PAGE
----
The Owens children cannot escape love despite their best efforts, just as they cannot escape the pains of the human heart. The sisters will grow up to be the revered, and sometimes feared, aunts in Practical Magic, while Vincent, their beloved brother, will leave an unexpected legacy. The Rules of Magic by Alice Hoffman is available to borrow at The Haliburton County Public Library.
Nancy Therrien, Programming and Outreach Coordinator: Hello, I’m Nancy Therrien from the Haliburton County Public Library and this is Library Moments. Once a week some of us from the library will come and talk about books, upcoming events, or the services we offer at the library.
The week of May 5th to May 11th is Emergency Preparedness Week in Canada, so this week Noelia Marziali and I will each talk about a book related to Emergency Preparedness. But first, let’s briefly discuss a few frequently asked questions about Canada’s Emergency Alert system which is being tested on May 8th on TV, radio and compatible cell phones:
Will all cell phones receive alerts? No: Your smartphone needs the latest software update, and must be connected to a 4G LTE network.
Will I receive an emergency alert if my cell phone is off or set to silent? No, a cell phone that is turned off cannot receive an emergency alert until it’s powered back on. However, a cell phone that is set to silent will display an emergency alert; you just won’t hear it.
Will I be charged by my cellular company if I receive an emergency alert and I don’t have unlimited texting or data? No, you definitely will not.
Will emergency alerts interrupt or end another cell phone call in-progress? No, they won’t, but you could hear a notification tone similar to call waiting.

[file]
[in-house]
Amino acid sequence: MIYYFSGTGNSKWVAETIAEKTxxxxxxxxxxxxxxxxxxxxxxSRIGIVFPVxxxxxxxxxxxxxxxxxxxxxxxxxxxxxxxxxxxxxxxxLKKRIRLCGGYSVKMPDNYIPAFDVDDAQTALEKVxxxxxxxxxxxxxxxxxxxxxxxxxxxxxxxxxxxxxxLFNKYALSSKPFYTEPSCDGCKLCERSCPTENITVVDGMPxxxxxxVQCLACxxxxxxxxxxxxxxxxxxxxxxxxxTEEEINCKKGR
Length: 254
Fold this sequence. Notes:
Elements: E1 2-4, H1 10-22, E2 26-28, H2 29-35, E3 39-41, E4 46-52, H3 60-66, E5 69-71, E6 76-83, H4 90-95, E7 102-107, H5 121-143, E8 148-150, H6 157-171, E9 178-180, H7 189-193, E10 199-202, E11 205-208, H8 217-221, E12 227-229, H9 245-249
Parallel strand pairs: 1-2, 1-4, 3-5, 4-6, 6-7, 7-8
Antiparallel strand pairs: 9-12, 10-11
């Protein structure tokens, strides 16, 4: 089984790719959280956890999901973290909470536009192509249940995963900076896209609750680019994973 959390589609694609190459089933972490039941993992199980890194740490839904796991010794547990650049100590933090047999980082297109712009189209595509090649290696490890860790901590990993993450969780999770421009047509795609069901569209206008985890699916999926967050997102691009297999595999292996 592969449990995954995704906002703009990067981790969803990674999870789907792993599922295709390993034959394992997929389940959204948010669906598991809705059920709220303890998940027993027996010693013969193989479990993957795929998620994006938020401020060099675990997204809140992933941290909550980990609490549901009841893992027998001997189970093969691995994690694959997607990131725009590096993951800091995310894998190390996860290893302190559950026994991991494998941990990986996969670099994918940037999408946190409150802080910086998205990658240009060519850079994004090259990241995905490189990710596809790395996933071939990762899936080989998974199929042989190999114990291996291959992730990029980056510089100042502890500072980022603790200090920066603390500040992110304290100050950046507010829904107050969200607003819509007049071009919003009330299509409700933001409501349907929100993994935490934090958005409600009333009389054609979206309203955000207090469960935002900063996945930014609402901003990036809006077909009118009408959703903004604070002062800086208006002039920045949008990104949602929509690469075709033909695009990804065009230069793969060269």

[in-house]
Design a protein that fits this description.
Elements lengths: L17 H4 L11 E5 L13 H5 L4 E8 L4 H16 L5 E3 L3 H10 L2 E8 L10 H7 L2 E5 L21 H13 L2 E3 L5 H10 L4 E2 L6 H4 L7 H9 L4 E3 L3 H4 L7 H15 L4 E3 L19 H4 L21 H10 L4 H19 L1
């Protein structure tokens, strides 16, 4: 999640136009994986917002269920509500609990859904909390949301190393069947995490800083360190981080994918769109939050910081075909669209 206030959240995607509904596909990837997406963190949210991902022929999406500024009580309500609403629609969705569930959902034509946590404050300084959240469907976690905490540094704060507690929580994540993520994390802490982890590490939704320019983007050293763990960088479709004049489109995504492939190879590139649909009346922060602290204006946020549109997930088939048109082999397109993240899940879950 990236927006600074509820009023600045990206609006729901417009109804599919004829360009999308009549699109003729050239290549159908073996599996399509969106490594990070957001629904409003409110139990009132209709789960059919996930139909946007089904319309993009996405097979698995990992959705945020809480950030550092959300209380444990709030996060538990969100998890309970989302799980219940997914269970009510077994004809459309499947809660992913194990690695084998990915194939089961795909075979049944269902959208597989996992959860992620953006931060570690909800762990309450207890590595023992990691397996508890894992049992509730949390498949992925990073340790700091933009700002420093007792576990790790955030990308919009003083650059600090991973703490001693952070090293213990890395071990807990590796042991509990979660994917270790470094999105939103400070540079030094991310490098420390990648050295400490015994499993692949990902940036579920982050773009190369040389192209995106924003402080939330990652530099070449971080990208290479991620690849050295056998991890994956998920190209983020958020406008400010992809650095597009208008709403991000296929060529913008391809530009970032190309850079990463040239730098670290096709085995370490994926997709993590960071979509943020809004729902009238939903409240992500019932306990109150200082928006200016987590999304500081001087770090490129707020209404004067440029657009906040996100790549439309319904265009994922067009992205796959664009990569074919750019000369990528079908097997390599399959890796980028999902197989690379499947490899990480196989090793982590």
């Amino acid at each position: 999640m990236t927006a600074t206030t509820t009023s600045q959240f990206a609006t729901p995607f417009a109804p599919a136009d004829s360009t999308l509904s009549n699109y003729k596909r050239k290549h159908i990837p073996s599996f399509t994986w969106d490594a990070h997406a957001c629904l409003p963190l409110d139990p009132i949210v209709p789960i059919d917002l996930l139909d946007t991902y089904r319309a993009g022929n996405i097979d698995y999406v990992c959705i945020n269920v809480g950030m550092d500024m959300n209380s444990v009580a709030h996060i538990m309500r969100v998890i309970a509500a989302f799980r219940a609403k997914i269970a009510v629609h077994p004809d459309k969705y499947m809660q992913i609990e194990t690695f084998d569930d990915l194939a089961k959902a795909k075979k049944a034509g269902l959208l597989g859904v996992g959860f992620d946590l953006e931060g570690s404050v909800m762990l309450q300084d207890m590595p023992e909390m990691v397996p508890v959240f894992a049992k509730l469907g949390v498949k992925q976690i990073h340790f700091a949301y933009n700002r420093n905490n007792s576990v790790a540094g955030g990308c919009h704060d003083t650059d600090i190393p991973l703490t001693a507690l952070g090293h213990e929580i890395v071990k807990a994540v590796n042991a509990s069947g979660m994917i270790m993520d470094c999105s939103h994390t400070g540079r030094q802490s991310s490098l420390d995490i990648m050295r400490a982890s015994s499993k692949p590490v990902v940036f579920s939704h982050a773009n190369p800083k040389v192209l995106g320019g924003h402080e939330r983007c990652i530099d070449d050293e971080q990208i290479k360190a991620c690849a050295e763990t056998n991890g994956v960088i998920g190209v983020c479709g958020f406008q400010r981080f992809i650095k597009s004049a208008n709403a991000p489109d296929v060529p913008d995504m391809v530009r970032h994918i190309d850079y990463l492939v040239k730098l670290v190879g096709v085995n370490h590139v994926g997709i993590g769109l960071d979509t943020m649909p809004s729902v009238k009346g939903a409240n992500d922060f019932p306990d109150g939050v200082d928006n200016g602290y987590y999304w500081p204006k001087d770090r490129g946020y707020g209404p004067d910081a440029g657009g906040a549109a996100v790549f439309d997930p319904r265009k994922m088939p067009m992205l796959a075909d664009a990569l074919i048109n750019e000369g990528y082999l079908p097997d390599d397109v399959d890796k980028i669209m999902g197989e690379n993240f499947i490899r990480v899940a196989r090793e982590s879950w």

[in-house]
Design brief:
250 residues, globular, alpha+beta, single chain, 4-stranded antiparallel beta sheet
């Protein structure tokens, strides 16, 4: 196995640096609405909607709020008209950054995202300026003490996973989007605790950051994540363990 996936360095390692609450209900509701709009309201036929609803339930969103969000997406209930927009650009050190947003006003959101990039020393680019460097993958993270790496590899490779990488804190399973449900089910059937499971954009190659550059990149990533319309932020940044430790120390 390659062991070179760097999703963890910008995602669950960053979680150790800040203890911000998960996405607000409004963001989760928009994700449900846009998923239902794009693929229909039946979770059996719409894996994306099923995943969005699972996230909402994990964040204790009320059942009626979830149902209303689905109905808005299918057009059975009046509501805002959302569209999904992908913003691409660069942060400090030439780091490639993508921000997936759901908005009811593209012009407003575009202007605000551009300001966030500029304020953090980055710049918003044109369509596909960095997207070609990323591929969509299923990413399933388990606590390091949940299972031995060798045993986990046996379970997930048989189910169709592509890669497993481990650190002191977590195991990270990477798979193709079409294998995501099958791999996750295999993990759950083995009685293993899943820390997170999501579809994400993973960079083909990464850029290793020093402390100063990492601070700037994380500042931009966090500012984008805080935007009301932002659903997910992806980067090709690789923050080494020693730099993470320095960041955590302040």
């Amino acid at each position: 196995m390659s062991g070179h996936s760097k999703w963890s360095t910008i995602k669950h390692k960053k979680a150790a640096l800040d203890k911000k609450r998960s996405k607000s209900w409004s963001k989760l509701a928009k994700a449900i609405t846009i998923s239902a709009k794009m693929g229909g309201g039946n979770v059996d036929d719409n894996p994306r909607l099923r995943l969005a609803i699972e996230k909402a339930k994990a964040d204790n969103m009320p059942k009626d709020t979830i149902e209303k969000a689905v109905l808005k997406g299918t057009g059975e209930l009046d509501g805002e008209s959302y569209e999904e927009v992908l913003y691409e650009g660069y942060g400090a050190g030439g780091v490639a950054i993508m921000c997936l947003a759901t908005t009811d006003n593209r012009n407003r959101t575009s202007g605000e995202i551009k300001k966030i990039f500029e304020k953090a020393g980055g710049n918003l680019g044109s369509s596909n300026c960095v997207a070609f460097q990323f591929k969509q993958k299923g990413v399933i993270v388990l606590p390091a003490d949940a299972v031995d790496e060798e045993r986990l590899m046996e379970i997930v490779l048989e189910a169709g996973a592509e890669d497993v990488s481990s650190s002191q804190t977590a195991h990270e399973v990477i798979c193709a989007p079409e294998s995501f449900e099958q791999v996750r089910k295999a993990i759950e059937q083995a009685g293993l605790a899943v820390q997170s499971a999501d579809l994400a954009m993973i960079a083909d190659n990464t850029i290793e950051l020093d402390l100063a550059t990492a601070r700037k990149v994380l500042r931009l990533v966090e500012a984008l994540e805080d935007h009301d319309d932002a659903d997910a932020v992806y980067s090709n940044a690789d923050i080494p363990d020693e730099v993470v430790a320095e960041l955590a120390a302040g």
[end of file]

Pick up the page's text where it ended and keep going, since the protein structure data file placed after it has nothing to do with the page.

Will I receive emergency alerts on my cell phone about my home location while I am travelling? No. If you are travelling within Canada, you will only receive emergency alerts for where you are. When travelling in other countries, any alerts would be based on the protocols of that country.
And now onto the books…
Noelia Marziali, Community of Making Animator: Author Kathy Harrison is noted for her rational, non-alarmist approach in writing her guide book : Prepping 101: 40 steps you can take to be prepared : protect your family, prepare for weather disasters, and be ready and resilient when emergencies arise.
This book offers simple steps one can take during the next severe storm, power outage, or worse. Prepping 101 offers simple steps anyone can take to become more organised, starting with creating a strategy and learning to repackage store-bought food for long-term storage, then collecting rainwater, building a solar oven, and heating with alternative sources. This accessible guide introduces the reader to important, practical steps for the whole family to take to ensure survival in short- or long-term emergencies. Information is presented as 40 achievable tasks with plenty of graphics to accompany each step.
Prepping 101 by Kathy Harrison is available to borrow from the Haliburton County Public Library.
Nancy Therrien: Are you planning to rent an FC3000 Time Machine? They’re known to be glitchy, so before your next trip back in time make sure to read a copy of How to invent everything: a survival guide for the stranded time traveler by Ryan North. It is the only book you’ll need when you have to quickly replicate an industrial civilization. This illustrated manual provides a flow chart to help you determine exactly when you are, and subsequent chapters offer detailed step-by-step guidance in developing language, science, tools and machinery; how to farm and domesticate wildlife, how to distill whisky, and how to not get eaten by a saber-toothed tiger. How to invent everything: a survival guide for the stranded time traveler is available to borrow from the Haliburton County Public Library, so that you can learn to survive, thrive, and live in comfort if you find yourself trapped in the distant past.
For more information about emergency preparedness, you can check out a book from the library, or check out the website getprepared.ca
That’s it for this week’s Library Moments. Thank you for listening here on 100.9 CANOE FM.